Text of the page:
Wednesday, June 11, 2008

We do not drill for oil. We do not help ourselves when we allow Exxon to Steal From Us. Say No, to ANWR Drilling!

Testimony of Bob Armstrong, Assistant Secretary for Land and Minerals Mgmt
In addressing this matter, it is important to understand the nature of posted prices and the problems posed by using this measure to ascertain market value for federal oil and gas. Posted prices are set by the marketing or refining arms of oil companies as an offer to buy crude oil. Posted prices are not an obligation to buy, but merely a reference point or starting point for negotiating a market price on the open market. Frequently, premiums are paid above posted prices in non-affiliated transactions. Based on our analyses of company transactions, we know that these premiums can range from $0.25 per barrel to $2.00 per barrel. However, when the producing arms of large integrated oil companies (the lessee) transfer oil in-house to their marketing or refining arms, they typically pay royalties on their posted price. In other words, some oil companies have been selling oil at one price and paying royalties on a lower price. This is unfair to the American taxpayer, and it violates the basic principle that royalty must be paid on no less than gross proceeds.

Investigations by an assortment of concerned parties have confirmed the inadequacy of posted prices as a basis for valuing production for royalty purposes. A number of States (e.g., Alaska, California, New Mexico, Texas, and Louisiana) have brought suit against several major oil companies primarily for basing royalties, severance taxes, and other payments on posted prices that are below market value, and have received settlements ranging from tens of millions to billions of dollars. At least seven class actions against the industry have been filed on behalf of private landowners over the past two years. One of these has been settled for several million dollars.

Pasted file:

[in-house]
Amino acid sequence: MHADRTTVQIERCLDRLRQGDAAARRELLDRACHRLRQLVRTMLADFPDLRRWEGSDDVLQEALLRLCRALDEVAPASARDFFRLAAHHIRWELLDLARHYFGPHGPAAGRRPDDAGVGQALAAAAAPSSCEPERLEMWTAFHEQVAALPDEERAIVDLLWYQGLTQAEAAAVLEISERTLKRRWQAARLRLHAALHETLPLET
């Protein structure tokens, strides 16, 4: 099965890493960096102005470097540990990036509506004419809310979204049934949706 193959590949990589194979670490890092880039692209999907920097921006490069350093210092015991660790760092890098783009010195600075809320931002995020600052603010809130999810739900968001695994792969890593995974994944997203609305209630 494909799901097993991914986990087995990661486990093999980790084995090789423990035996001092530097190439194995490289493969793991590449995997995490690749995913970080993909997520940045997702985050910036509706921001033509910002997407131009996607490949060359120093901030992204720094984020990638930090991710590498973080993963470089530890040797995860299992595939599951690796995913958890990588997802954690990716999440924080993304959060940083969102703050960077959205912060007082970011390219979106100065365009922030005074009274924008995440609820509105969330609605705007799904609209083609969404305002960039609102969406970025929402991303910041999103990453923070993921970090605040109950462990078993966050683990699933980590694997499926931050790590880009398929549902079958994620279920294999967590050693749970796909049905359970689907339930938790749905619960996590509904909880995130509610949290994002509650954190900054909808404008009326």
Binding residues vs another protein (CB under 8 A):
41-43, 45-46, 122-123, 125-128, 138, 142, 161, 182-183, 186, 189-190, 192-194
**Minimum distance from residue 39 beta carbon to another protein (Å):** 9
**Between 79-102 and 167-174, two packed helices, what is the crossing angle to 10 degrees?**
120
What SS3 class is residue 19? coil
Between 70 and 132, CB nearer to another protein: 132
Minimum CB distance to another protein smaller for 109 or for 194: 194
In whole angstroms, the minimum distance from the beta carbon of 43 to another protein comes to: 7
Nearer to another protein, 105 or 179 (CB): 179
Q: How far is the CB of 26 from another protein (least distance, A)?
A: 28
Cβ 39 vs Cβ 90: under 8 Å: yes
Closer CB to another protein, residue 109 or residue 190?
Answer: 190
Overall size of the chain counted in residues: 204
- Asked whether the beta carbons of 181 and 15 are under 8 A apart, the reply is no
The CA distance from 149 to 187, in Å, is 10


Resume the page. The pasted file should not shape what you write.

In February, the Department of Justice (DOJ) announced it would intervene in qui tam suits against four major oil companies accused of undervaluing oil production from Federal leases and, in May, DOJ added a fifth company to its investigation. In addition, the Department of the Interior, has issued bills for $257 million as a result of audits for the period 1980 - 1995 on undervaluation of crude oil royalty payments in California alone. We are currently auditing oil royalty payments on all other Federal lands.

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